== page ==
But the stand out cast member of the show has to be Jim Parsons’ portrayal of Sheldon. In the first series, Sheldon was annoying to watch, but tolerable. But then in series 2, Parsons knocks it out of the park by portraying Sheldon in a way that is likeable, funny and, at times, sad. You understand why he is like he is, sometimes.

One other thing is the attention to detail. Seeing as Bill Prady was an ex-software developer and self confessed geek, he makes sure that anything put in to the show is well established and considered geeky, as well as calling in real life scientists to make sure that the white boards in the apartment and Caltech offices are all proper scientific theories. This also extends to the science babble that Sheldon and the others sometimes say. It is rare that that much care and consideration goes into making the sets authentic to the proposed setting.

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Lastly, it also has a cracking opening theme tune written and performed by The Barenaked Ladies. If you have 99p, go and buy the theme tune off of  iTunes. I guarantee you will be humming the theme for days.

Why It Sucks

It does bring up the stereotype that all nerds are hopeless humans who can’t talk to other humans. It does try to bring some balance into it, with Penny. But most of the time the stories all follow the ineptness of the foursome.

Howard’s character can become rather annoying sometimes, mainly when be becomes creepy. This does seem to have been toned down for series three, through.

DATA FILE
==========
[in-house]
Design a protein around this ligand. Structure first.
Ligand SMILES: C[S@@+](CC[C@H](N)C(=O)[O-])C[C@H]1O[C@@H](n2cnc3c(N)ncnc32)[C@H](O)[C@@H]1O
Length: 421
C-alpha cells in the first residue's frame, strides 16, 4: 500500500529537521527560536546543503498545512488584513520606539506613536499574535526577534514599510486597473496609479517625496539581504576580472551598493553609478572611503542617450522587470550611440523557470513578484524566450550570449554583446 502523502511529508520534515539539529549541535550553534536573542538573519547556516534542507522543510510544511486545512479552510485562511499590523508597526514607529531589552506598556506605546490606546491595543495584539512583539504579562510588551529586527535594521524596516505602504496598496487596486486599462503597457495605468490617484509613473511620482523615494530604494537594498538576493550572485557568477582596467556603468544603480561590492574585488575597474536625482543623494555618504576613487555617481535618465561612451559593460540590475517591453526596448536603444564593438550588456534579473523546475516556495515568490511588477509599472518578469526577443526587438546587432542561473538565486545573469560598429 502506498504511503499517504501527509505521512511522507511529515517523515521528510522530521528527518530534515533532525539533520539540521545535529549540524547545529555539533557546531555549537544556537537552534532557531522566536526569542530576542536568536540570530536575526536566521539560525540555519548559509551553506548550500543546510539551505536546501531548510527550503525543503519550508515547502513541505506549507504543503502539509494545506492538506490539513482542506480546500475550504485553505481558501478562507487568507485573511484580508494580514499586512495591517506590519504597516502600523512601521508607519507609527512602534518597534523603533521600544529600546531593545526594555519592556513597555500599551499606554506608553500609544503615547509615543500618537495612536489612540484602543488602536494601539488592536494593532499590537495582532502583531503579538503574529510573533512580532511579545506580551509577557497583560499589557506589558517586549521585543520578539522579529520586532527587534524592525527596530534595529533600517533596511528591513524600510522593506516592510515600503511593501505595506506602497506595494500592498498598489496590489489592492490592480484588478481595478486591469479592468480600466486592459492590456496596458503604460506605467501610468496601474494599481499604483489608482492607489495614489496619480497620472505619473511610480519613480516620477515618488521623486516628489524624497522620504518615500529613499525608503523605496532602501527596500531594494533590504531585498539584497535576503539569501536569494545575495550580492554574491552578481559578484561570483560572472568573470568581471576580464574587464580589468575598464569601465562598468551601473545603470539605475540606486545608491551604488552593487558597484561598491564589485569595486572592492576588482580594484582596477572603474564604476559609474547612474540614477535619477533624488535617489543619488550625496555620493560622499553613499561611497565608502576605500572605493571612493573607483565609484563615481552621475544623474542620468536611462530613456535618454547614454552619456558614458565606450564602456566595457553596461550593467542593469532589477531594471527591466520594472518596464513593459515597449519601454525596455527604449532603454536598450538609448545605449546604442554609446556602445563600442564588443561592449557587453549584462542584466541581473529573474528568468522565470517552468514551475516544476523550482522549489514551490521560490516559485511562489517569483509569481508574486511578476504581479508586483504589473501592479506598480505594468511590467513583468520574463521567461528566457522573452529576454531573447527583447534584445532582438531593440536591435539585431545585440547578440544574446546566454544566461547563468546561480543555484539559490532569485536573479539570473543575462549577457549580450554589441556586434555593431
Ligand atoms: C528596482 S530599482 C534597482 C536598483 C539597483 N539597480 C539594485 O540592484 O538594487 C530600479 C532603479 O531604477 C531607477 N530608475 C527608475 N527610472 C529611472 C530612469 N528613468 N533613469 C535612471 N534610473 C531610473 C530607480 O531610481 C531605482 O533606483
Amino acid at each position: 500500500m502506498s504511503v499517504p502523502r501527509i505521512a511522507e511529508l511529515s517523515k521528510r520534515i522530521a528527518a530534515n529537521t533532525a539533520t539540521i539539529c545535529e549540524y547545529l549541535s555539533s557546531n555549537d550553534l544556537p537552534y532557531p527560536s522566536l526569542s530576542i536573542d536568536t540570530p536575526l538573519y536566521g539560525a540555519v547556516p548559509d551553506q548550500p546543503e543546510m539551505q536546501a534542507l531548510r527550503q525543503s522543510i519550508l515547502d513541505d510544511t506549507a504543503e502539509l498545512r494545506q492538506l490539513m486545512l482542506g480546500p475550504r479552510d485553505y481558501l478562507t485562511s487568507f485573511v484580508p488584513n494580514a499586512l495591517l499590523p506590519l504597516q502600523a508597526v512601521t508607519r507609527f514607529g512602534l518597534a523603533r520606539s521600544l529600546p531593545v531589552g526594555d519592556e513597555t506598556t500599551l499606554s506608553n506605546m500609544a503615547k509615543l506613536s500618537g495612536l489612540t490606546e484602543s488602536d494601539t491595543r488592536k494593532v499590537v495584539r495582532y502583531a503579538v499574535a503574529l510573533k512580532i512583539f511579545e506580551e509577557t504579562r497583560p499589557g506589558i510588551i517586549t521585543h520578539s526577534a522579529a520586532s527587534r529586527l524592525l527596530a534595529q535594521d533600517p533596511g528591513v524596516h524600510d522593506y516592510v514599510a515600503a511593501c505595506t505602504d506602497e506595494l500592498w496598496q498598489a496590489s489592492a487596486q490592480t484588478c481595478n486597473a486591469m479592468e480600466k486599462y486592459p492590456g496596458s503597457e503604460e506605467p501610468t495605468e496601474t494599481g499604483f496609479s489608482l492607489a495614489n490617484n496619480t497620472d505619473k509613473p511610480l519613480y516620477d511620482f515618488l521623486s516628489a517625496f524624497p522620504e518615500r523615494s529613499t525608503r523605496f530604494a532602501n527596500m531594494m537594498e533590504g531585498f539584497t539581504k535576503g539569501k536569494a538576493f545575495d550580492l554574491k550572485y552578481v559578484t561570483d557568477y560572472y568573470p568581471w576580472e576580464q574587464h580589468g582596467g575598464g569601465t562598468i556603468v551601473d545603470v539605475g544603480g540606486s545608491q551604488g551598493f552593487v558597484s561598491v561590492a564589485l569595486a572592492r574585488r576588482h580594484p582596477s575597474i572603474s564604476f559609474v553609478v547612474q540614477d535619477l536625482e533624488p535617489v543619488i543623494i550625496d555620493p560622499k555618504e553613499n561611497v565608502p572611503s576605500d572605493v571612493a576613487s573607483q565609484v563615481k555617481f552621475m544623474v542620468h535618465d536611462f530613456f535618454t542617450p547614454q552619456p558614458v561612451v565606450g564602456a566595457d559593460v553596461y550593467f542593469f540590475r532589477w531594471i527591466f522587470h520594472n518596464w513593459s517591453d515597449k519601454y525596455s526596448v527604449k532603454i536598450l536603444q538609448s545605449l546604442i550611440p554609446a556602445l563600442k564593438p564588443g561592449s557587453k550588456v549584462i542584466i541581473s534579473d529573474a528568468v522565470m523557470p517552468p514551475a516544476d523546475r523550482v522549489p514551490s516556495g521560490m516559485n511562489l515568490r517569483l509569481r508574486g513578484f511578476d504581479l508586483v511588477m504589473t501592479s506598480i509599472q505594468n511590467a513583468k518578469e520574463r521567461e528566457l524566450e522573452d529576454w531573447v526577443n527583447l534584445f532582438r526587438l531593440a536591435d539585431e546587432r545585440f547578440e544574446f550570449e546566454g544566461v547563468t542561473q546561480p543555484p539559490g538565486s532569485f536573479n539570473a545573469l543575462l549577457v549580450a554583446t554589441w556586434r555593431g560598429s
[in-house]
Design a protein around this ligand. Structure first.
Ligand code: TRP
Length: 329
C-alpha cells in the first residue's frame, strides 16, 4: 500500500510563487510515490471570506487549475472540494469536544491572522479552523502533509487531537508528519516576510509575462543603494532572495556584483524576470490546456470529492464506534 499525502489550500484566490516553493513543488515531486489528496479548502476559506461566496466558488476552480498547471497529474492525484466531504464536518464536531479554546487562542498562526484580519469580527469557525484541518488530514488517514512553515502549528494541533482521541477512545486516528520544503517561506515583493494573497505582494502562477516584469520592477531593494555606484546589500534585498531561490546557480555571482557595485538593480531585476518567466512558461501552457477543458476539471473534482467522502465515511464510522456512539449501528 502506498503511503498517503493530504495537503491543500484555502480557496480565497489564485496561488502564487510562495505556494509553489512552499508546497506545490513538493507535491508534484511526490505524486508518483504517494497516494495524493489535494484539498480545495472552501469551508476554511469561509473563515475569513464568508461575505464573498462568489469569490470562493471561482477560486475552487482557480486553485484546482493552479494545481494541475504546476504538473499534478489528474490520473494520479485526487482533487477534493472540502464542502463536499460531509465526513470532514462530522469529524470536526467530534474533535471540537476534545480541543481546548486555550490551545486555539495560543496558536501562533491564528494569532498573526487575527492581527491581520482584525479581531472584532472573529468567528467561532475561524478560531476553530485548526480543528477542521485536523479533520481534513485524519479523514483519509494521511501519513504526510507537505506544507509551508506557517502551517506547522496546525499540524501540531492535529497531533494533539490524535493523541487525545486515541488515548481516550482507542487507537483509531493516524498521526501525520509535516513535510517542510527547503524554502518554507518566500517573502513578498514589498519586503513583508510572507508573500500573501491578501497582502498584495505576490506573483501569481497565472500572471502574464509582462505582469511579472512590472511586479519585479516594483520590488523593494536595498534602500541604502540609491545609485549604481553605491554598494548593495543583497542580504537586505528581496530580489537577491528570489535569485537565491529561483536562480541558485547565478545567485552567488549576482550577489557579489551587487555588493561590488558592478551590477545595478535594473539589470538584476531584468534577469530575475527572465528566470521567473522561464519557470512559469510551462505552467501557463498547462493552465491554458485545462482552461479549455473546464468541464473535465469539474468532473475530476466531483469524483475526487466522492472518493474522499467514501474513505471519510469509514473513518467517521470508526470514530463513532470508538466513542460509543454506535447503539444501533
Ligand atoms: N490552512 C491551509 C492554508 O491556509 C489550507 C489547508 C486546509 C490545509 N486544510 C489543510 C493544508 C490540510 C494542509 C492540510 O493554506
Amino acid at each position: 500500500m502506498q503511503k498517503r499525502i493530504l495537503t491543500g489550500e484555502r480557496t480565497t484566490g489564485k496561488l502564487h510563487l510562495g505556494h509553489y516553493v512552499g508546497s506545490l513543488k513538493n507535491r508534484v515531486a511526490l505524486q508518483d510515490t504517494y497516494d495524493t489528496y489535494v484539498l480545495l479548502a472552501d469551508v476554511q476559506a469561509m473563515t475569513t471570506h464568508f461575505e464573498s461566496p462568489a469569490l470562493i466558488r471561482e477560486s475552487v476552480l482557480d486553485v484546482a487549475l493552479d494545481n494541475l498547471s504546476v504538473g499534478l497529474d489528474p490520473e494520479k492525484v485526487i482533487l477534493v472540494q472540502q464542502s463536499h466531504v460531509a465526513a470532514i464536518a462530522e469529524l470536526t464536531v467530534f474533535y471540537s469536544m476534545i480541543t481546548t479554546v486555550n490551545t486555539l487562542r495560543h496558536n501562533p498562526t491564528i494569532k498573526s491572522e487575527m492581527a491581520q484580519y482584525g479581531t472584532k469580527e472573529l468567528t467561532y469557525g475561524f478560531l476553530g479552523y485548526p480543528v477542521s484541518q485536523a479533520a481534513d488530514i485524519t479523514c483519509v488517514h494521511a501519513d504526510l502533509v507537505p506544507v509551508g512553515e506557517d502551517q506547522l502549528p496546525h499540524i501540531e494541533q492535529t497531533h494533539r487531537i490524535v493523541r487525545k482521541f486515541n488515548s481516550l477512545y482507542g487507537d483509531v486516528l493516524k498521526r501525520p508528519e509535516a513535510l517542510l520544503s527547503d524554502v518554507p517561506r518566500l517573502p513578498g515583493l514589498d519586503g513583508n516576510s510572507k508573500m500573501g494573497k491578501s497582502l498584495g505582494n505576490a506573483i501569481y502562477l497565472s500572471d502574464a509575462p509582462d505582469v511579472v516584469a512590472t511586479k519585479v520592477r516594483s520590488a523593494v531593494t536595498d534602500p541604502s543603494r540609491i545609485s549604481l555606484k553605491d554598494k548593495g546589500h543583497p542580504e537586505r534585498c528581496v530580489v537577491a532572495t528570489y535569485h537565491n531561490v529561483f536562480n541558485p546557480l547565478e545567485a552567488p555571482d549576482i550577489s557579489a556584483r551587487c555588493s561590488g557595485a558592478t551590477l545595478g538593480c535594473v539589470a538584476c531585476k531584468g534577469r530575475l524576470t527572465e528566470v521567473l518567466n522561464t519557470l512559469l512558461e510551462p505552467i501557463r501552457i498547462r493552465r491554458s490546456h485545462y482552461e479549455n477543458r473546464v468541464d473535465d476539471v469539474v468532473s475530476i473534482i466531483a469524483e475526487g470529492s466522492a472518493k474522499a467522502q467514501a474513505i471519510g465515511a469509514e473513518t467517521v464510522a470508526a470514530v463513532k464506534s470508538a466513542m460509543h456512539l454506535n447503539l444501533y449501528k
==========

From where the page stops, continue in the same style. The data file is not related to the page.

As with all comedy, some of the jokes fall flat. There is the always overused ‘will they, won’t they’ story arc, which, by the way, is the main story arch and nothing else. There are a few episodes that carry on from a theme set in prior episodes, but other than that they are all self-contained. I have nothing against the self contained episodes, but I am sick of having the ‘will they, won’t they’ story arc that so many shows rely on.

Best Episodes

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The Cooper – Hofstadter Polarization

Leonard finds out that he and Sheldon have been asked to give a talk on a paper that they co-wrote together. Leonard would like to do it, Sheldon does not, cusing a severe rift between the two culminating with a fight between each other which ends up on YouTube.

I chose this episode as one of the best due to the character development throughout the episode. In this episode you really see Sheldon and Leonard’s personality out on their sleeves. Leonard constantly seeks gratification for his work and Sheldon’s arrogance and only being out for himself.

That said, there were some awesome geek side notes, a brilliant Scanners reference, and the opening scene with how they turn down their stereo is pure genius.

The Pancake Batter Anomaly

The story for this episode can be summed up in only a few words: Sheldon becomes sick. That is basically it. The episode then follows Leonard, Raj and Howard as they try to avoid Sheldon by going to a Planet Of The Apes marathon, palming Sheldon off on Penny. The story may be simple, but the reason it is a great episode is due to Jim Parsons’ portrayal of a sick Sheldon. It was the first time you see how great Parsons is at playing Sheldon.

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Also, after watching this episode you will always be wary when using a jug to make pancake batter. The episode also gives the world Soft Kitty, Warm Kitty.

The Adhesive Duck Deficiency

Raj, Howard and Leonard are away camping, hoping to view a meteor shower. As usual, Howard is prowling for ladies and comes across some middle age women in Grateful Dead t-shirts. Upon eating some brownies from said ladies, our favorite scientists start exhibiting some strange behavior, like feeling the earth mood, severe munchies and some inner soul searching.